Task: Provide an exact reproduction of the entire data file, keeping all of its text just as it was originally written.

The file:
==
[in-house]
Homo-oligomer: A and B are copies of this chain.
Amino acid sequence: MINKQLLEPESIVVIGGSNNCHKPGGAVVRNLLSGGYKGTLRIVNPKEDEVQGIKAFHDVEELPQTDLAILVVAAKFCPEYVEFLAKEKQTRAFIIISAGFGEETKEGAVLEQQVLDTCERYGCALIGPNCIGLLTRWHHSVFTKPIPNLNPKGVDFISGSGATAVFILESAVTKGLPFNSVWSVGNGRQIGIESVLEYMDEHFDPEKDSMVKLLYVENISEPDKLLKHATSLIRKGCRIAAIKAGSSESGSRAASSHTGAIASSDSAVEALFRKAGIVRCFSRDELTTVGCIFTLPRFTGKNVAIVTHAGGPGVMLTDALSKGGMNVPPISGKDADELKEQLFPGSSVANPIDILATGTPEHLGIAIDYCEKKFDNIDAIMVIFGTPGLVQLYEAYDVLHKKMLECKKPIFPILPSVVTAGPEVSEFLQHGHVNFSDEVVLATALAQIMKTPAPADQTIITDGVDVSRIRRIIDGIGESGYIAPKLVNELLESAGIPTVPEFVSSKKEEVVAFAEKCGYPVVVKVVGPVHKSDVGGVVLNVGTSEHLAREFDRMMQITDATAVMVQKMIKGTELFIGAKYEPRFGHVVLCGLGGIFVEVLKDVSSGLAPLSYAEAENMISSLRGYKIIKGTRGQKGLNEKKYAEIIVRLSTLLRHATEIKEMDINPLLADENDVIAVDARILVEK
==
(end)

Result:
[in-house]
Homo-oligomer: A and B are copies of this chain.
Amino acid sequence: MINKQLLEPESIVVIGGSNNCHKPGGAVVRNLLSGGYKGTLRIVNPKEDEVQGIKAFHDVEELPQTDLAILVVAAKFCPEYVEFLAKEKQTRAFIIISAGFGEETKEGAVLEQQVLDTCERYGCALIGPNCIGLLTRWHHSVFTKPIPNLNPKGVDFISGSGATAVFILESAVTKGLPFNSVWSVGNGRQIGIESVLEYMDEHFDPEKDSMVKLLYVENISEPDKLLKHATSLIRKGCRIAAIKAGSSESGSRAASSHTGAIASSDSAVEALFRKAGIVRCFSRDELTTVGCIFTLPRFTGKNVAIVTHAGGPGVMLTDALSKGGMNVPPISGKDADELKEQLFPGSSVANPIDILATGTPEHLGIAIDYCEKKFDNIDAIMVIFGTPGLVQLYEAYDVLHKKMLECKKPIFPILPSVVTAGPEVSEFLQHGHVNFSDEVVLATALAQIMKTPAPADQTIITDGVDVSRIRRIIDGIGESGYIAPKLVNELLESAGIPTVPEFVSSKKEEVVAFAEKCGYPVVVKVVGPVHKSDVGGVVLNVGTSEHLAREFDRMMQITDATAVMVQKMIKGTELFIGAKYEPRFGHVVLCGLGGIFVEVLKDVSSGLAPLSYAEAENMISSLRGYKIIKGTRGQKGLNEKKYAEIIVRLSTLLRHATEIKEMDINPLLADENDVIAVDARILVEK